The destructive role of sects in the 20th and 21st centuries — a civilizational and political issue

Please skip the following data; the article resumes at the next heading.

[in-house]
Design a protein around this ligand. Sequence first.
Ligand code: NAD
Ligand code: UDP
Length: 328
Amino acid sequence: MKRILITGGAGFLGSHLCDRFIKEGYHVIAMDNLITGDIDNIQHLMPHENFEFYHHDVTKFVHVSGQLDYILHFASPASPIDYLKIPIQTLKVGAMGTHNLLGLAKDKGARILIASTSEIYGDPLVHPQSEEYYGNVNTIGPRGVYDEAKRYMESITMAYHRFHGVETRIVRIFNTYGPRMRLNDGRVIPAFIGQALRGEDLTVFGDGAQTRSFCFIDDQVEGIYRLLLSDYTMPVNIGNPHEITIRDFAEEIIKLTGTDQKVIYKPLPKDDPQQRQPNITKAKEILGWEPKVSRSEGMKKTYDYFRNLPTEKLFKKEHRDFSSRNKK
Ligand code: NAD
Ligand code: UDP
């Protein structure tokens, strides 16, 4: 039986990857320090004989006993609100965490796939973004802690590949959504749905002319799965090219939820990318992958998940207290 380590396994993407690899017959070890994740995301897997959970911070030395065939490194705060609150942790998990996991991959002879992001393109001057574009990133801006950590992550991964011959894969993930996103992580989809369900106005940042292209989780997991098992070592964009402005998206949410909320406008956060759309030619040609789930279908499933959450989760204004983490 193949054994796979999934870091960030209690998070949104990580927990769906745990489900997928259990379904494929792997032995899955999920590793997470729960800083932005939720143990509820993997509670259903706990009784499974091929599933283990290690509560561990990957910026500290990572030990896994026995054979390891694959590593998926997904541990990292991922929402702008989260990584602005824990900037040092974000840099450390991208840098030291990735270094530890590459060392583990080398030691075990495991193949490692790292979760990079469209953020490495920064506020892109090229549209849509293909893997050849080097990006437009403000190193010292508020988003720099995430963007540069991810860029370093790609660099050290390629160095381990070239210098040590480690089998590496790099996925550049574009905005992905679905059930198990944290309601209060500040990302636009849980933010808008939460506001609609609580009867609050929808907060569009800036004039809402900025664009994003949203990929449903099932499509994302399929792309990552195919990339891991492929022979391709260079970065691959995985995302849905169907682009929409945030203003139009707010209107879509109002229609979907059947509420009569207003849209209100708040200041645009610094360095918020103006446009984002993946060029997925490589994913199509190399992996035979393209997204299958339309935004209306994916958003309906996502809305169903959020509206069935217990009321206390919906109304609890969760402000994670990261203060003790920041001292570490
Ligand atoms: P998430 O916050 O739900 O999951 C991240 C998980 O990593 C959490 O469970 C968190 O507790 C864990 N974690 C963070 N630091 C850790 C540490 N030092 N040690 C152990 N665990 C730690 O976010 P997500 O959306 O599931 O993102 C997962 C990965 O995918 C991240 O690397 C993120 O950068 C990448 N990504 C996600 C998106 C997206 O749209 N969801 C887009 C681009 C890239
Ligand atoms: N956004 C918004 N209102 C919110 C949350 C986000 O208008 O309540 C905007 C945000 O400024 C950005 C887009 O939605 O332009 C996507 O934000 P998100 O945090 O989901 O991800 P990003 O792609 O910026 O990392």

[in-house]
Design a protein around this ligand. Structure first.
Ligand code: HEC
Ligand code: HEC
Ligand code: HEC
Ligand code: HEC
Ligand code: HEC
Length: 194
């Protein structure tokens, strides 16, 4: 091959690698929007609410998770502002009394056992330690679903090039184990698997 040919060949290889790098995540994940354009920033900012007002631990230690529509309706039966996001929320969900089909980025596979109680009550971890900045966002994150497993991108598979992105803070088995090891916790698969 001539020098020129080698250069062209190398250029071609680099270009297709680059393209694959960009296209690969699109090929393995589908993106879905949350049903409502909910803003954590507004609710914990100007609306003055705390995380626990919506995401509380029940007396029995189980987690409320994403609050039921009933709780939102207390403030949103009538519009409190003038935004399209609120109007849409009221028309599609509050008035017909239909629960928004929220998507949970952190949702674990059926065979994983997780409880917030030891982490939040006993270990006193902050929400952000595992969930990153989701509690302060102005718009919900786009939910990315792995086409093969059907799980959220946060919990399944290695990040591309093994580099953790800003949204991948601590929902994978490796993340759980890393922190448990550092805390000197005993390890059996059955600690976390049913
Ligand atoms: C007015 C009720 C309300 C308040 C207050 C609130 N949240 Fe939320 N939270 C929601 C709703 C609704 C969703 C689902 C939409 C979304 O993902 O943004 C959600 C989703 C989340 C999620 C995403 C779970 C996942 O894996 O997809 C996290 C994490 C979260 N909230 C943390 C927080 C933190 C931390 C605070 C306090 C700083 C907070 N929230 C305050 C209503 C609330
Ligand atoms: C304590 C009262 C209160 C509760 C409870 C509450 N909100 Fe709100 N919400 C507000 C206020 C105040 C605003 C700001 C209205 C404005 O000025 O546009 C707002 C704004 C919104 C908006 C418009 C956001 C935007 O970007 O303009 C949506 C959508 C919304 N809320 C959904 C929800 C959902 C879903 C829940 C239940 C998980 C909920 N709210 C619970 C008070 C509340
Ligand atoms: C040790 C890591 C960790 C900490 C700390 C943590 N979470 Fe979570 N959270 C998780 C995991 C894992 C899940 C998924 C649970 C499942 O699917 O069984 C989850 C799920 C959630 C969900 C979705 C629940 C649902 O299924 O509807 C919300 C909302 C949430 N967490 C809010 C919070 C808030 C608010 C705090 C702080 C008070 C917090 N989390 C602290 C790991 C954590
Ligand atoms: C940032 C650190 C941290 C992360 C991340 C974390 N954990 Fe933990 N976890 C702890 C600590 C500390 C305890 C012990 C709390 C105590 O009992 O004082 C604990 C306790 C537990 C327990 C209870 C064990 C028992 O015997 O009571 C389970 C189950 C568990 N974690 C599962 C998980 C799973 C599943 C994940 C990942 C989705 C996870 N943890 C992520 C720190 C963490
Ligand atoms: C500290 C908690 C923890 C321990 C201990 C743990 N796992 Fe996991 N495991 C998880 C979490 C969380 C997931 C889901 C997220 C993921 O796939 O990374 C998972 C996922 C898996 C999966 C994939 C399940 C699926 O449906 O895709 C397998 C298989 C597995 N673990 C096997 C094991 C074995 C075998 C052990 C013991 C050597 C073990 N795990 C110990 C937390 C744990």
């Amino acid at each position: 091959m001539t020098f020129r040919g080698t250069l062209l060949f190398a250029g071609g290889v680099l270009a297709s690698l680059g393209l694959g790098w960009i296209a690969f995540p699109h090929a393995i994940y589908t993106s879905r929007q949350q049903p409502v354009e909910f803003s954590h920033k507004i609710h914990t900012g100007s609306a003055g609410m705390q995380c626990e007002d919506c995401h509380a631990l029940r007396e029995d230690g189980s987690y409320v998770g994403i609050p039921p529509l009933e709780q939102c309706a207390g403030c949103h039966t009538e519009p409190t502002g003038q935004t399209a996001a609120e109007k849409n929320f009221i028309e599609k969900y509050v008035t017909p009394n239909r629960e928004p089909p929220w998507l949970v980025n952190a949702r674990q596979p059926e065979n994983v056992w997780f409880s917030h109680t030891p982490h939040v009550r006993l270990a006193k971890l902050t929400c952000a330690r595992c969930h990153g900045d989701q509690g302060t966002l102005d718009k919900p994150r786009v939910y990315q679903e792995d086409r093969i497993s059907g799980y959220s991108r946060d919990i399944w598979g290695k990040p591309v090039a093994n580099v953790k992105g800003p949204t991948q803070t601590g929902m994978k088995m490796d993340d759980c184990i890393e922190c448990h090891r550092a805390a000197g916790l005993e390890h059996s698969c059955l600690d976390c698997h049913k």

In the 20th century some symptoms of a religious crisis were observed, as well as the decrease of faith and the increase of moral relativism. At the same time, an interest in the eastern mysticism and psycho-spiritual groups of development could be seen among people. The outcome of this process is an ongoing, quantitative growth of sects and pseudo-religious movements operating under false pretences of human spiritual development and ensuring religious freedom. In turn, in the political area, a crisis of ideology, degradation of politicians’ authority, fading of political parties’ identity and weakening of their importance were observed. The crisis of modern philosophy and the language itself as well as interpersonal communication released fascination with gnosis, led to the debasement of the meaning of classical culture and started an interest in technology, production of goods and services. Therefore, classical concepts of independence, dignity, diligence acquired a new meaning. The causes of sects’ emergence in the USA, Europe and the Th ird World Countries are different, for instance, poverty, searching new values and transcendence, the need for belonging, experiencing something extraordinary, the need for vision and spiritual resting on mystery. It is mostly young people who are recruited to sects, they are lost, going through the crisis of faith and the sects offer them understanding and common experiences. To enhance their influence, sects deal with political and charitable activity, arms trade, drugs; they are also involved in terrorist activities. Using indoctrination, they pose a threat to the family, the society and the institutions of the state, while the lack of clear definitions, ‘religious freedom’ and the liberal law favour sects’ development, whose activity only deepens the secularization of life and leads to the increase of pathology in the contemporary world.